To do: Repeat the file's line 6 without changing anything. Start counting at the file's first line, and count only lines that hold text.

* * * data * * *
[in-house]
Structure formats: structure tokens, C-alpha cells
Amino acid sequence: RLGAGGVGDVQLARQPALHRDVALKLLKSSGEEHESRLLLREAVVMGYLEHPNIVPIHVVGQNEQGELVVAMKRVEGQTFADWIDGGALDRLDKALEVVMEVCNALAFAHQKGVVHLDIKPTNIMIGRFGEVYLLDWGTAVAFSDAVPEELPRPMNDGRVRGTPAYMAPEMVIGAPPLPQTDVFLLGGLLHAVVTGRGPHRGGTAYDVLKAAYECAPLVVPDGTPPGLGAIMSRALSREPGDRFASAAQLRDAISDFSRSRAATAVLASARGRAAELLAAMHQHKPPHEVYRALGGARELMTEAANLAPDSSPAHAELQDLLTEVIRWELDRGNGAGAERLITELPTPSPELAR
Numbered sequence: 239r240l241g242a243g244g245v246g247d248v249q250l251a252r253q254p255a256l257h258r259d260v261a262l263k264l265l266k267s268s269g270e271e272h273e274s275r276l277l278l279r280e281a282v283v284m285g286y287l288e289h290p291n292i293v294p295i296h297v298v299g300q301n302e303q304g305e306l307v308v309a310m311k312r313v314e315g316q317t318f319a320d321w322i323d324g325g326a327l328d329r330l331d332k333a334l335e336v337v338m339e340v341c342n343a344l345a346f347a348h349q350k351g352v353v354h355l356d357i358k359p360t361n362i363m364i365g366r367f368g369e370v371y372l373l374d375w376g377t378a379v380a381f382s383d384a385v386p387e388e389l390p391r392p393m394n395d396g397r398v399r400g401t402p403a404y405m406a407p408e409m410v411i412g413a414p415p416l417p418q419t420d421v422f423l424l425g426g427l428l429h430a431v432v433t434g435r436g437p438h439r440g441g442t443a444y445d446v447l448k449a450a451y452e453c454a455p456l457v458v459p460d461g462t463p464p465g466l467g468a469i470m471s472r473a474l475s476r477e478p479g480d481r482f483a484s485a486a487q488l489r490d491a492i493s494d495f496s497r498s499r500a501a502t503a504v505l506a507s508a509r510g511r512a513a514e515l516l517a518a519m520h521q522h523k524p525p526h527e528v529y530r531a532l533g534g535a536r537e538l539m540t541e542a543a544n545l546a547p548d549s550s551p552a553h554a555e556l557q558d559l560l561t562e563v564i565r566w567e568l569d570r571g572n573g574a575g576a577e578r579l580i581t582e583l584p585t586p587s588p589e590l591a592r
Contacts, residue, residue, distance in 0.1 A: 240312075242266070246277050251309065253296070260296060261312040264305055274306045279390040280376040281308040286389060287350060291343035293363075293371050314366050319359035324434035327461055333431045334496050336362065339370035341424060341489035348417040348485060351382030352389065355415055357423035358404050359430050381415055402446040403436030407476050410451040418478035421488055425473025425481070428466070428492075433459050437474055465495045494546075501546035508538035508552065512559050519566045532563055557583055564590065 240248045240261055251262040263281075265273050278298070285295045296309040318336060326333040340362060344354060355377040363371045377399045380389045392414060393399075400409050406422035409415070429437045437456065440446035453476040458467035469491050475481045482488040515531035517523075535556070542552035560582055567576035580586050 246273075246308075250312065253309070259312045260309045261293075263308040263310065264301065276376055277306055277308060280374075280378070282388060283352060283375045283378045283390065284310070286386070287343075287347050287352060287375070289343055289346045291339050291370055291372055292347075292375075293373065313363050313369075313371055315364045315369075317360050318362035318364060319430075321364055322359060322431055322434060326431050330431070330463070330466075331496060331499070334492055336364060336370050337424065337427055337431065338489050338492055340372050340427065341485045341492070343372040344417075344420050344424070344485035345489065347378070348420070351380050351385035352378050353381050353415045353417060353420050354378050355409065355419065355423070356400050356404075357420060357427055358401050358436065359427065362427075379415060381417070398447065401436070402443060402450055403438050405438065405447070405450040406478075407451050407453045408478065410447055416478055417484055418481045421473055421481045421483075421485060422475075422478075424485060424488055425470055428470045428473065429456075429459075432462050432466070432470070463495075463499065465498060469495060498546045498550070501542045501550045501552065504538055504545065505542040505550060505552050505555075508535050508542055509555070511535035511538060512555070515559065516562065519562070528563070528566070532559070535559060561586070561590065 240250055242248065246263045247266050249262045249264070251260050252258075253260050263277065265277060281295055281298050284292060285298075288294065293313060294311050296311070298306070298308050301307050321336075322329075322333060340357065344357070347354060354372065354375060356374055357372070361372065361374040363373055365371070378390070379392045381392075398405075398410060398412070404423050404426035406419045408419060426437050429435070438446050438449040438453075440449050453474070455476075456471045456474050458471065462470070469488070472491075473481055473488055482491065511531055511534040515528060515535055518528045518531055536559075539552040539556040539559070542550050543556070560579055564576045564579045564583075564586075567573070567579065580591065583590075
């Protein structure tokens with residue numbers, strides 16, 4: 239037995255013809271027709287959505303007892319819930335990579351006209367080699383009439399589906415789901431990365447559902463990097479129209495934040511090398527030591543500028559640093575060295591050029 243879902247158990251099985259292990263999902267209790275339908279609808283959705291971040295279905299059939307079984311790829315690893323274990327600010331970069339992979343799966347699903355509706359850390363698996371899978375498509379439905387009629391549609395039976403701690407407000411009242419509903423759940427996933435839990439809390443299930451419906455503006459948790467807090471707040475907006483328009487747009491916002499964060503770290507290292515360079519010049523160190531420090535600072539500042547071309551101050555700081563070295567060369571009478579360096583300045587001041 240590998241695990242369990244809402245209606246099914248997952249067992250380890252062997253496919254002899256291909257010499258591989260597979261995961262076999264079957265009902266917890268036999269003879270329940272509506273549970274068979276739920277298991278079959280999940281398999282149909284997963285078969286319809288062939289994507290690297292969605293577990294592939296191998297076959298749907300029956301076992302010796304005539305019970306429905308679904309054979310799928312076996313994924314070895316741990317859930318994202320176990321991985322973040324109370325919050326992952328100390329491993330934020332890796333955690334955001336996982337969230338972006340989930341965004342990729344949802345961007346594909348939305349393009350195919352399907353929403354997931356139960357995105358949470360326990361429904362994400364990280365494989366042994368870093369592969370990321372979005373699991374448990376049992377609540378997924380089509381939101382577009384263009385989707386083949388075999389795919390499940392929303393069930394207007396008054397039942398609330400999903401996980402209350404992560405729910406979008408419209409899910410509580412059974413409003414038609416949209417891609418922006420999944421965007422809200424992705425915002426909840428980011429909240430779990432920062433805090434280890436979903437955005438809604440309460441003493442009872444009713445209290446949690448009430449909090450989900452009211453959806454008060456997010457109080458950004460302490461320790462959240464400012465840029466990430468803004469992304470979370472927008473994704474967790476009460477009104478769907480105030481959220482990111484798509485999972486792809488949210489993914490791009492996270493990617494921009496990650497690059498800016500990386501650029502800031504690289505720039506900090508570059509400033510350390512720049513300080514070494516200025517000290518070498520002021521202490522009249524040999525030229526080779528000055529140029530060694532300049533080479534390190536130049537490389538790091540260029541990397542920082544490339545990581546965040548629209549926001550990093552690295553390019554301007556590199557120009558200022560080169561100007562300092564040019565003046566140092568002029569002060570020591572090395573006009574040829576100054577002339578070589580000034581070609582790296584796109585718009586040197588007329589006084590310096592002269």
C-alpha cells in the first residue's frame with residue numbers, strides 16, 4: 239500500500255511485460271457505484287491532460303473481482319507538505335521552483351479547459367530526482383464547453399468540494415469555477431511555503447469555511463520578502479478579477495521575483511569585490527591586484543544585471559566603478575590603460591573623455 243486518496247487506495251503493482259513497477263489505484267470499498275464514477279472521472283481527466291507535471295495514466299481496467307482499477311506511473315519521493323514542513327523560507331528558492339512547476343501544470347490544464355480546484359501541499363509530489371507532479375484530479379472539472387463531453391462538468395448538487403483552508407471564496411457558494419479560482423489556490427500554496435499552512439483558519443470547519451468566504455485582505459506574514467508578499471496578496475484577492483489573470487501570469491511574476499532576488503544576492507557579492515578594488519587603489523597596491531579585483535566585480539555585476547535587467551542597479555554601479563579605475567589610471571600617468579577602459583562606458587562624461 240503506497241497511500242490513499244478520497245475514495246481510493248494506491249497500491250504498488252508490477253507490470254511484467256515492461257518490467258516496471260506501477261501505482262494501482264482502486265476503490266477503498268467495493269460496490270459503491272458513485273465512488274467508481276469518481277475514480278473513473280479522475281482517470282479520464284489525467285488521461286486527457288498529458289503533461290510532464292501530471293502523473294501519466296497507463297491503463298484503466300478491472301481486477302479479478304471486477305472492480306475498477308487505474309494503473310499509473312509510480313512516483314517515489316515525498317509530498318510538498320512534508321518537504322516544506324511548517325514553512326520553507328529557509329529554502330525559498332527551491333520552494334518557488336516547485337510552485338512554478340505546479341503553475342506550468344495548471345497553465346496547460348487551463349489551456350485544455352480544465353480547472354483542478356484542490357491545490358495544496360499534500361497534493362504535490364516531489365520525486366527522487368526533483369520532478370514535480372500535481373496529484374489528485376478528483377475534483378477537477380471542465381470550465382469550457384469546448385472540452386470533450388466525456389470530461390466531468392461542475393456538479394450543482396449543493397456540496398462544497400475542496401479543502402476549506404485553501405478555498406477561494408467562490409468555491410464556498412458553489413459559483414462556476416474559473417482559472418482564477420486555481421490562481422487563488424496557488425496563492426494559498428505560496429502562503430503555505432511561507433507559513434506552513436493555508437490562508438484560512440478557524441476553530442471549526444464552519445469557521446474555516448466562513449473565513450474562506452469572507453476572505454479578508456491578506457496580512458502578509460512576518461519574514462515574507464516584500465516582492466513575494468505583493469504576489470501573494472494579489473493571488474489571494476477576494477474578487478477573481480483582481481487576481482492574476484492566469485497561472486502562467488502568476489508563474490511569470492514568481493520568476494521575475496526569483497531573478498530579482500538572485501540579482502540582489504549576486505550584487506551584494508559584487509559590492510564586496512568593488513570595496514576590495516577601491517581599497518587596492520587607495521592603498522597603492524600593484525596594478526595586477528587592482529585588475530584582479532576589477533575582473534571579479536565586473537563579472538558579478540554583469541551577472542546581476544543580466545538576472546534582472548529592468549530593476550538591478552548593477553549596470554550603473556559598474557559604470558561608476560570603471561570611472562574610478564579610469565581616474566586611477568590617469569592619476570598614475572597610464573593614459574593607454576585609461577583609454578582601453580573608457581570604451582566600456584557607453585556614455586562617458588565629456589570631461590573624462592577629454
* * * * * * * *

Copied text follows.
């Protein structure tokens with residue numbers, strides 16, 4: 239037995255013809271027709287959505303007892319819930335990579351006209367080699383009439399589906415789901431990365447559902463990097479129209495934040511090398527030591543500028559640093575060295591050029 243879902247158990251099985259292990263999902267209790275339908279609808283959705291971040295279905299059939307079984311790829315690893323274990327600010331970069339992979343799966347699903355509706359850390363698996371899978375498509379439905387009629391549609395039976403701690407407000411009242419509903423759940427996933435839990439809390443299930451419906455503006459948790467807090471707040475907006483328009487747009491916002499964060503770290507290292515360079519010049523160190531420090535600072539500042547071309551101050555700081563070295567060369571009478579360096583300045587001041 240590998241695990242369990244809402245209606246099914248997952249067992250380890252062997253496919254002899256291909257010499258591989260597979261995961262076999264079957265009902266917890268036999269003879270329940272509506273549970274068979276739920277298991278079959280999940281398999282149909284997963285078969286319809288062939289994507290690297292969605293577990294592939296191998297076959298749907300029956301076992302010796304005539305019970306429905308679904309054979310799928312076996313994924314070895316741990317859930318994202320176990321991985322973040324109370325919050326992952328100390329491993330934020332890796333955690334955001336996982337969230338972006340989930341965004342990729344949802345961007346594909348939305349393009350195919352399907353929403354997931356139960357995105358949470360326990361429904362994400364990280365494989366042994368870093369592969370990321372979005373699991374448990376049992377609540378997924380089509381939101382577009384263009385989707386083949388075999389795919390499940392929303393069930394207007396008054397039942398609330400999903401996980402209350404992560405729910406979008408419209409899910410509580412059974413409003414038609416949209417891609418922006420999944421965007422809200424992705425915002426909840428980011429909240430779990432920062433805090434280890436979903437955005438809604440309460441003493442009872444009713445209290446949690448009430449909090450989900452009211453959806454008060456997010457109080458950004460302490461320790462959240464400012465840029466990430468803004469992304470979370472927008473994704474967790476009460477009104478769907480105030481959220482990111484798509485999972486792809488949210489993914490791009492996270493990617494921009496990650497690059498800016500990386501650029502800031504690289505720039506900090508570059509400033510350390512720049513300080514070494516200025517000290518070498520002021521202490522009249524040999525030229526080779528000055529140029530060694532300049533080479534390190536130049537490389538790091540260029541990397542920082544490339545990581546965040548629209549926001550990093552690295553390019554301007556590199557120009558200022560080169561100007562300092564040019565003046566140092568002029569002060570020591572090395573006009574040829576100054577002339578070589580000034581070609582790296584796109585718009586040197588007329589006084590310096592002269």